•   reduce costs: reduce overall costs to the government for the goods and
                           services GSA makes available;
                       •   invest wisely: invest taxpayers’ money wisely, obtaining the best yield on
                           the expenditure of federal funds through cost-effective solutions;
                       •   manage assets: improve management of the federal government’s assets;
                       •   spread best practices: help all federal agencies reflect the best practices
                           for policies and operations; and
                       •   plan for the future: provide leadership for the future of federal work.

                           On June 13, 1997, GSA provided us with the following four revised goals:

                       •   competition: become the space/supplies/telecommunications provider of
                           choice for all federal agencies by delivering quality products and services
                           at the best value;
                       •   thrilling customers: thrill our federal customers by anticipating their needs
                           and working with them to develop creative solutions to their
                           mission-related problems;
                       •   asset management: conserve government assets in GSA’s care and provide
                           supportive policy solutions for governmentwide asset management; and

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•   innovation: design and develop future federal work environments with
    state-of-the-art technology, innovation, and “best practice” in use of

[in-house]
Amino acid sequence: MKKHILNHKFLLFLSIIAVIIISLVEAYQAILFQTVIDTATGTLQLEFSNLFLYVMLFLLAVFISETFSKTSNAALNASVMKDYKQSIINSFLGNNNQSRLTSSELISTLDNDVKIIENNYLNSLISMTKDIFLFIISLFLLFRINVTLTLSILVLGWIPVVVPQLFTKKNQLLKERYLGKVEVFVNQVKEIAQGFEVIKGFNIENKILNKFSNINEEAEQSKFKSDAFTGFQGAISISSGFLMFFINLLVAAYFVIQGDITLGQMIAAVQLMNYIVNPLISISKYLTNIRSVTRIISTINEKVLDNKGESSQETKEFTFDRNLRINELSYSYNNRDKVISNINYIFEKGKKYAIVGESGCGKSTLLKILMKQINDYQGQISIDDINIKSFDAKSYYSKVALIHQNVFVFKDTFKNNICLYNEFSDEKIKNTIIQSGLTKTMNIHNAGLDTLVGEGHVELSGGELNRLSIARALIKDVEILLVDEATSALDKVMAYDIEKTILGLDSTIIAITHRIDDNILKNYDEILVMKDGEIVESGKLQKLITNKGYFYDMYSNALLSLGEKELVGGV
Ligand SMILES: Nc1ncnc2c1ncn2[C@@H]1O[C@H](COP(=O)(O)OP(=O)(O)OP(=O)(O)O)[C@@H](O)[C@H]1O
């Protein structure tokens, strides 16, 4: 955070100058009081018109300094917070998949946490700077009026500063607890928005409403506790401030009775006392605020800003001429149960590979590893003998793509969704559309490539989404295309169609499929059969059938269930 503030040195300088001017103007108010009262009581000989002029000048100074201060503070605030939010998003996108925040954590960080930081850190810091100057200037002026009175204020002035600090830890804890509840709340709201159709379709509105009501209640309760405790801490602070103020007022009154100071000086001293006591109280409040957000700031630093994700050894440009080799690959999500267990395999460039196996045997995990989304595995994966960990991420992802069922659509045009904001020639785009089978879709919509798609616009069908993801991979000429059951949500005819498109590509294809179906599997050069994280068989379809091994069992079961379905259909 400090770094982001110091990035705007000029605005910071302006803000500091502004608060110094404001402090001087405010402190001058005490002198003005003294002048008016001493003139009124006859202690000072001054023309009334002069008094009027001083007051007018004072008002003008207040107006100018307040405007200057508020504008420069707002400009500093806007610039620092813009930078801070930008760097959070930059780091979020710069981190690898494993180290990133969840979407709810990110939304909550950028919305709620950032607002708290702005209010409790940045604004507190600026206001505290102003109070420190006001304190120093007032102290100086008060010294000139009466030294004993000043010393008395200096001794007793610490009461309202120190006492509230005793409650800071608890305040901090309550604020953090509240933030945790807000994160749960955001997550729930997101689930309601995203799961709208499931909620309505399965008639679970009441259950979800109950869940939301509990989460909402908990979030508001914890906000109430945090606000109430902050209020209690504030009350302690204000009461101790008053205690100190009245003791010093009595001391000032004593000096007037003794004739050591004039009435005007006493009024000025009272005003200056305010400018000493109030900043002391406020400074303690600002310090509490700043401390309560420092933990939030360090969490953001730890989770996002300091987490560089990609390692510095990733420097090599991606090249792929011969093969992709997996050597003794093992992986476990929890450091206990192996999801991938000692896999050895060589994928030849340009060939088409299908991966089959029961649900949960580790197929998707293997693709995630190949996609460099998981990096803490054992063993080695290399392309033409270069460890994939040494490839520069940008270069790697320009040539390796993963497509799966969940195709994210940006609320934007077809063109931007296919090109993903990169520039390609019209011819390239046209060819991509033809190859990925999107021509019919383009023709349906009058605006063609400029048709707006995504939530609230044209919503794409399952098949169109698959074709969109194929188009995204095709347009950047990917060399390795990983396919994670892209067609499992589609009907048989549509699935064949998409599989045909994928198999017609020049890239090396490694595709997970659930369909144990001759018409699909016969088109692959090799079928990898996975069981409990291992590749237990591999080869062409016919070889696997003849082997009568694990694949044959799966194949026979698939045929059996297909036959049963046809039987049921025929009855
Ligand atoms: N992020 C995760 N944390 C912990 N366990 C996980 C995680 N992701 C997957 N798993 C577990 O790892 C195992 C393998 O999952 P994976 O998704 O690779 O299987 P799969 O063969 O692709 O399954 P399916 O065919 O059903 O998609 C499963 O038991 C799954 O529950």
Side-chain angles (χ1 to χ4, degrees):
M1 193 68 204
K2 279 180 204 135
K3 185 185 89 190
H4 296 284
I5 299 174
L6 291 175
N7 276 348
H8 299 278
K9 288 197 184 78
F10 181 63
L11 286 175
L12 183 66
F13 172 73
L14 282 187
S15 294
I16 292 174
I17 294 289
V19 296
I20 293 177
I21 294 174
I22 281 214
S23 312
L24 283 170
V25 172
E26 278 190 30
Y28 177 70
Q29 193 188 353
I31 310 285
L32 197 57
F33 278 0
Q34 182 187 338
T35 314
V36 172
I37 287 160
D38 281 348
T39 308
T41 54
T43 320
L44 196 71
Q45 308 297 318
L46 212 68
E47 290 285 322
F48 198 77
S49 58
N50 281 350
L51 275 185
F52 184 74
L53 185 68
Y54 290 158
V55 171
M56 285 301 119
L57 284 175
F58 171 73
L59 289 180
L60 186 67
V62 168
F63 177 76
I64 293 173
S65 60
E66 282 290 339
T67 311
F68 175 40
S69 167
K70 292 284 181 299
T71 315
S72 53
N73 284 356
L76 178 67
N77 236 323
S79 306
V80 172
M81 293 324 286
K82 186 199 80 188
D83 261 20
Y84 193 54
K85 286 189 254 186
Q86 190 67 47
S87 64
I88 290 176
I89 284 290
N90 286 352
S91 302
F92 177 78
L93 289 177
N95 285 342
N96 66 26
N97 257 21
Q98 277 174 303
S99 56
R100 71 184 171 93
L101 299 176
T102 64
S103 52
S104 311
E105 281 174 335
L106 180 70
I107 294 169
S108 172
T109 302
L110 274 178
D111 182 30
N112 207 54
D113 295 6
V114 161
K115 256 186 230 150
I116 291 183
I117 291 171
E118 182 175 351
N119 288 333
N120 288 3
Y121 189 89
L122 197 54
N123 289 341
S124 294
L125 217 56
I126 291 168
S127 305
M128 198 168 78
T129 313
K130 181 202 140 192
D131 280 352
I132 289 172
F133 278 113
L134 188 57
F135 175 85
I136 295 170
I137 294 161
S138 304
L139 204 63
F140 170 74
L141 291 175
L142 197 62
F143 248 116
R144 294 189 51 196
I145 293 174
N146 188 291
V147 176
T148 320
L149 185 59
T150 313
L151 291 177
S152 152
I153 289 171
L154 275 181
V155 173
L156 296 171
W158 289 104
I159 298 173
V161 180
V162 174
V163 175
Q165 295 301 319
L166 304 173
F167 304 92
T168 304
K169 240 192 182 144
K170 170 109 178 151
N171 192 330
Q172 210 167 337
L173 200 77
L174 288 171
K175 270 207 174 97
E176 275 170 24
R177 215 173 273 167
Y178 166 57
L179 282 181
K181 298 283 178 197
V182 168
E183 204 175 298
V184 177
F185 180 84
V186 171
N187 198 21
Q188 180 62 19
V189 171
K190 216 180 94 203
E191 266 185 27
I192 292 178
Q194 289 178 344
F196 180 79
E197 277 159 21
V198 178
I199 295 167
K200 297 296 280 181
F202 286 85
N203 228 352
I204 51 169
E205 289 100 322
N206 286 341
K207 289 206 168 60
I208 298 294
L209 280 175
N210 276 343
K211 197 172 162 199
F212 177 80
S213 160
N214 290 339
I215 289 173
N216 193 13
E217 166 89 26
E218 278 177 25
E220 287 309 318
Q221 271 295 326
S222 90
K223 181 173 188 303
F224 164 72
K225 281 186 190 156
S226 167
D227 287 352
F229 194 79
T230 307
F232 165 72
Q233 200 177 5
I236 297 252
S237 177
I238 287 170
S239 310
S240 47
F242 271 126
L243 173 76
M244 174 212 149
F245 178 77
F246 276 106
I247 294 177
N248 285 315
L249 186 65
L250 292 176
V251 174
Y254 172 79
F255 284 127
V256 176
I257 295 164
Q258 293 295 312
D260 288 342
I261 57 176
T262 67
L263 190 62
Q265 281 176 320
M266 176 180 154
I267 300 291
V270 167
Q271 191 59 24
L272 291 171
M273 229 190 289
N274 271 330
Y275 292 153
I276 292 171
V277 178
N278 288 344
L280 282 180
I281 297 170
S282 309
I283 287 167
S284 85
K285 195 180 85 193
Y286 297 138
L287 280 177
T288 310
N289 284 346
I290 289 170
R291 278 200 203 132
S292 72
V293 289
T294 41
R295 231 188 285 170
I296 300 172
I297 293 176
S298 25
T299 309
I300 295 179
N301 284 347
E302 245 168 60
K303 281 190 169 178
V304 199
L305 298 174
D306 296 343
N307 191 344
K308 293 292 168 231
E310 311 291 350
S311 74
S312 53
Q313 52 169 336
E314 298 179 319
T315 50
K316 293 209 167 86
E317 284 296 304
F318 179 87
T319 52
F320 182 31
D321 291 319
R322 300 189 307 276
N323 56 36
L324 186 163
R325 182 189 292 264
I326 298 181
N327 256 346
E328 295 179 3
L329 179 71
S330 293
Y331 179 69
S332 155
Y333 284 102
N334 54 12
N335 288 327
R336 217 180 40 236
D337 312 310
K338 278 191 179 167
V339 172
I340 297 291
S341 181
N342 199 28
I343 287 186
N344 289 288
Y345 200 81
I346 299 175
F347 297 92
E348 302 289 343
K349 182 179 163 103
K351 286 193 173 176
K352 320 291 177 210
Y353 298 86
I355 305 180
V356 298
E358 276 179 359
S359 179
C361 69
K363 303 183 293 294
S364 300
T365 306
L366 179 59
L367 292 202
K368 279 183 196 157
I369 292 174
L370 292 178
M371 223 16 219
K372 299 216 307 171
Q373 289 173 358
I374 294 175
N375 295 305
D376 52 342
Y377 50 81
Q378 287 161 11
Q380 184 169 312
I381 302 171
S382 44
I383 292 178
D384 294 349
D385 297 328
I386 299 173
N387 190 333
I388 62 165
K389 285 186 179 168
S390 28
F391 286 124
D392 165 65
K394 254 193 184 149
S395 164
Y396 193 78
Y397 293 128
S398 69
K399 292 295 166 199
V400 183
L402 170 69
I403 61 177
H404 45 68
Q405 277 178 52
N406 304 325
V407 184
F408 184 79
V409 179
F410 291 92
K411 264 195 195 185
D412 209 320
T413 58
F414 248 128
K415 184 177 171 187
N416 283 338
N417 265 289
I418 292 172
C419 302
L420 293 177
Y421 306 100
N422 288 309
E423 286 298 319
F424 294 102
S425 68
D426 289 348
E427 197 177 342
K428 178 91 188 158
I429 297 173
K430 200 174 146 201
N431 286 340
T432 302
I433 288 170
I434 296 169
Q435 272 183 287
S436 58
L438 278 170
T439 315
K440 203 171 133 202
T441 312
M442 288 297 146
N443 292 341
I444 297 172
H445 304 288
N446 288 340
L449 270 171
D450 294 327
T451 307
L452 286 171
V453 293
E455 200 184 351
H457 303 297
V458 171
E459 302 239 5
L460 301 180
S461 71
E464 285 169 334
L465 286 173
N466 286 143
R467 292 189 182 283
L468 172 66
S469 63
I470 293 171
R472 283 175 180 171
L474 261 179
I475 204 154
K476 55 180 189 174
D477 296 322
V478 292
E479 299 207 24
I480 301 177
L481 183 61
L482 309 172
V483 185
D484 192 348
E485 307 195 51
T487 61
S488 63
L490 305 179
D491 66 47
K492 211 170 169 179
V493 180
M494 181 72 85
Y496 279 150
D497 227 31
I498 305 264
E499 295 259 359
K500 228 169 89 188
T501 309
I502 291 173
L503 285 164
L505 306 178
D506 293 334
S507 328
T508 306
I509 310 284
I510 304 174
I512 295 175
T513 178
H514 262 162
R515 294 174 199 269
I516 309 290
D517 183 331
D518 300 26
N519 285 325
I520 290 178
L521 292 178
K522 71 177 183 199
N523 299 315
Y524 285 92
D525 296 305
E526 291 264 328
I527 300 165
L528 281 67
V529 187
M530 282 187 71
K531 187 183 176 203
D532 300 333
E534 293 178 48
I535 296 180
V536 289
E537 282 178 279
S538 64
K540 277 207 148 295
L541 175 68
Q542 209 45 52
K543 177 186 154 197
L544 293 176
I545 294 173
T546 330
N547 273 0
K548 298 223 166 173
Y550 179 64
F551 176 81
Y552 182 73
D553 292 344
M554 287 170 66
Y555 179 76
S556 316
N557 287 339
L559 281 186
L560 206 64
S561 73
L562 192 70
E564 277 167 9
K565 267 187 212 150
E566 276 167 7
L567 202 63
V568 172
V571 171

space, furniture, equipment, telephones, contracts, and other tools.

    GSA’s general goals and objectives, from both the April plan and the update
    provided in June, reflect a positive attempt to define results that GSA
    expects from its major functions. In comparing the two sets of
    goals/objectives, it seems to us that GSA consolidated the five April goals
    into three more general goals—competition, asset management, and
    innovation—and added a new goal related to customer satisfaction. The
    first and third goals—competition and asset management—address GSA’s
    major mission-related functions—space, supplies, telecommunications,
    and overall asset management—while the others seem to represent
    concepts that go hand-in-hand with good, strategic management.

    These four goals appear to be results oriented and do address, in some
    form or another, GSA’s primary activities. Even so, we offer the following
    observations for consideration as the plan evolves. GSA seems to have
    de-emphasized economy and efficiency in the goals/objectives. Although
    GSA’s responsibilities to economy and efficiency could be implicit in the
    phrase “at the best value” in the first goal, the importance of this GSA core
    value does not seem explicit enough in the goals/objectives. By being more
    explicit about economy and efficiency GSA would, in our view, greatly
    improve the goals/objectives as a whole.

    In addition, GSA’s first goal, to become the “provider of choice” for all
    federal agencies, could be confusing because it may imply that agencies
    always have a choice when obtaining space, supplies, and
    telecommunications. Although GSA is moving toward greater competition
    in some areas such as supplies and leasing, it is still the required provider
    for most federal agencies in other areas, such as construction and major
    alteration of general purpose office space. Therefore, greater clarity on the
    result GSA is aiming to achieve vis-a-vis the services it provides to federal
    agencies would be beneficial. In addition, GSA’s updated goals/objectives
    seem to be expressed in terms that may be difficult to translate into